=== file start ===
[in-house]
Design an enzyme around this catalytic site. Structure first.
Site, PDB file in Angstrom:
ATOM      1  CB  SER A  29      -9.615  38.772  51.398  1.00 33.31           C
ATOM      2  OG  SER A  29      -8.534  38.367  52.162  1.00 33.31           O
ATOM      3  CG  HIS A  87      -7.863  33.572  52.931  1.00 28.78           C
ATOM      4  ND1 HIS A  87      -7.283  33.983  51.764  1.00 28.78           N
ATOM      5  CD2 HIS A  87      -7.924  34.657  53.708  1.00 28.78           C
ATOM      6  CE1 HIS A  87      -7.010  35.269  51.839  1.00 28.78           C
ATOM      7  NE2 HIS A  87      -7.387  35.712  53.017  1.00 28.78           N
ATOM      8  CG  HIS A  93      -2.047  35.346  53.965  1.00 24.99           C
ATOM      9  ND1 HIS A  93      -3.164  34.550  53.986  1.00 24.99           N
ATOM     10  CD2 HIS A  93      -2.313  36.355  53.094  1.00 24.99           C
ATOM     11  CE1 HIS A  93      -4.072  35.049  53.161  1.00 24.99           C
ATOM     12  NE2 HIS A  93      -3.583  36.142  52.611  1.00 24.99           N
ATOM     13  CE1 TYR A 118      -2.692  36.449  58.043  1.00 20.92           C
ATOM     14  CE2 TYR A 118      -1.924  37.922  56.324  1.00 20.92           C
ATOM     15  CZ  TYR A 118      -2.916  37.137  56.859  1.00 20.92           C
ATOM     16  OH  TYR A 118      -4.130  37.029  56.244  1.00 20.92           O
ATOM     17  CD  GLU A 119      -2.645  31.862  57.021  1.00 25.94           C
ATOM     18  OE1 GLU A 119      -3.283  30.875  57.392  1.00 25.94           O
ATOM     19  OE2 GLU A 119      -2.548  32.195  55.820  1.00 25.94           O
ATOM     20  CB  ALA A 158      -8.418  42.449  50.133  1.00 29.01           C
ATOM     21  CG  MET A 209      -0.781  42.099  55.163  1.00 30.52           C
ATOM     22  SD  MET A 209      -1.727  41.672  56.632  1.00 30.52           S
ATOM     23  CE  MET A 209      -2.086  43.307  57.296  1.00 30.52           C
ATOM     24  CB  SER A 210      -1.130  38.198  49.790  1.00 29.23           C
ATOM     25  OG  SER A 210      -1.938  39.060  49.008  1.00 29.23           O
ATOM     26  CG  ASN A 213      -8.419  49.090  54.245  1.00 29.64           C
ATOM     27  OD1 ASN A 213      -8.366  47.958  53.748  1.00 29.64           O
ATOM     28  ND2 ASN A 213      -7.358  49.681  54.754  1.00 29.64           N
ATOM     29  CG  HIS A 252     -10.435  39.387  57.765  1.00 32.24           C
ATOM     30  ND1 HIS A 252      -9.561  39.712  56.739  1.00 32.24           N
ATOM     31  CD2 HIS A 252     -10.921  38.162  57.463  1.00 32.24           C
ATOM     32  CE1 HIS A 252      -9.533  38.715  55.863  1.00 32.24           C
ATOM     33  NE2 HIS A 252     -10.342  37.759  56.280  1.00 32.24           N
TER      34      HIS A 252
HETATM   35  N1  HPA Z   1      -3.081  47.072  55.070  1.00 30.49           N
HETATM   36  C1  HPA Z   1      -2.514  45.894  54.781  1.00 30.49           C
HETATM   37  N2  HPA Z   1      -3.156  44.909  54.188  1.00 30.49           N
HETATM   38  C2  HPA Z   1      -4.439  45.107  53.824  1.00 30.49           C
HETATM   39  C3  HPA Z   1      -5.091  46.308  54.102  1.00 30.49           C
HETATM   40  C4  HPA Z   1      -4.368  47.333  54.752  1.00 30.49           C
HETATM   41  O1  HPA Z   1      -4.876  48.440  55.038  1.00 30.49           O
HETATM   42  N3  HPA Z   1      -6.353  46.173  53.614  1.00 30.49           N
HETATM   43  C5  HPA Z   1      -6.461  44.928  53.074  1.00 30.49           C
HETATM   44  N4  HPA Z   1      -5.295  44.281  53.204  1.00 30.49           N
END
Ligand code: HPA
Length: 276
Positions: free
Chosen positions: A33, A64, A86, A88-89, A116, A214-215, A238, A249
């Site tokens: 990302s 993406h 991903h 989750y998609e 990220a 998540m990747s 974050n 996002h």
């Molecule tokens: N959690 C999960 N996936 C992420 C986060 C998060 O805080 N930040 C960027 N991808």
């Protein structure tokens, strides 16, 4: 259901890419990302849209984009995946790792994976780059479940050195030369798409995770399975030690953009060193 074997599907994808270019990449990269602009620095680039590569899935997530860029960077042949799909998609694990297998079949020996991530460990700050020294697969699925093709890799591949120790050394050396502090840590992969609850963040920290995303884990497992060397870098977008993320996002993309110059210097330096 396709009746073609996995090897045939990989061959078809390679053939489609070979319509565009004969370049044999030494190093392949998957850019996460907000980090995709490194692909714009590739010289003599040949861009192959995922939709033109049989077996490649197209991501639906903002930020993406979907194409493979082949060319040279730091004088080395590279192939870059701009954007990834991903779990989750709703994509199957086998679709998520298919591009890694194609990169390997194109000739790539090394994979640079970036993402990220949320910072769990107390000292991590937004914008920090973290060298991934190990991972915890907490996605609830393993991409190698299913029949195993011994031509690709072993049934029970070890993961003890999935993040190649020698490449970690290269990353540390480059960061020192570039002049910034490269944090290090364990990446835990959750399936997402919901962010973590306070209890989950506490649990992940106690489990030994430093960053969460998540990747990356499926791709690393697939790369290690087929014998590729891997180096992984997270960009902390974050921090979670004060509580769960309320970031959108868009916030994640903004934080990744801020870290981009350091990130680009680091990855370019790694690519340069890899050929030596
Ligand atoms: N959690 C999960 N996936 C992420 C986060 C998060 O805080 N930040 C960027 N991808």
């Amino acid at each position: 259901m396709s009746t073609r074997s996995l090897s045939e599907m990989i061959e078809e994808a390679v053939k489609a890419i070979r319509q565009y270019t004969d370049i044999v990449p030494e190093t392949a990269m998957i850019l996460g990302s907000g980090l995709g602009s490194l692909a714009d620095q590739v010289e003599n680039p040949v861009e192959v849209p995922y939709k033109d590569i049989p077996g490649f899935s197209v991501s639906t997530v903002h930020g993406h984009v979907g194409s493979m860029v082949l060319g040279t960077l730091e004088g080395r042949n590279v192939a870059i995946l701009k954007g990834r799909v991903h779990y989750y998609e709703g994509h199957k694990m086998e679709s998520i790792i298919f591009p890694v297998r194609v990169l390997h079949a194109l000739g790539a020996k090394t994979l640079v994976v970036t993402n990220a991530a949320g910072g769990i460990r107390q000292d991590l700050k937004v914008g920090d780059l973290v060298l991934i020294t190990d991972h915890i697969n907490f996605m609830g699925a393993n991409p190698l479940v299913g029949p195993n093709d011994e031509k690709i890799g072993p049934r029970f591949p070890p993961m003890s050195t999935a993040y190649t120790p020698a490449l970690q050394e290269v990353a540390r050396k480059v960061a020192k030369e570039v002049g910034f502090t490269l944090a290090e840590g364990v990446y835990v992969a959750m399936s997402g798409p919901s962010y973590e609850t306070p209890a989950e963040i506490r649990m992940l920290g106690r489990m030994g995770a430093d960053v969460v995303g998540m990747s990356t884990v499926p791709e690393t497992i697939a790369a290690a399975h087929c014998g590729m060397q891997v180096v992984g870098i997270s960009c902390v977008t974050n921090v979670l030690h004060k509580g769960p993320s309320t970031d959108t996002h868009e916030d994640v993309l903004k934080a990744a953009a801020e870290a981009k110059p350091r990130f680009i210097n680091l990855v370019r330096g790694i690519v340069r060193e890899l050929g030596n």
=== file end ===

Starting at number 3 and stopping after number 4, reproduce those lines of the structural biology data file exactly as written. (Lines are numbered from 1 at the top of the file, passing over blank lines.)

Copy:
Site, PDB file in Angstrom:
ATOM      1  CB  SER A  29      -9.615  38.772  51.398  1.00 33.31           C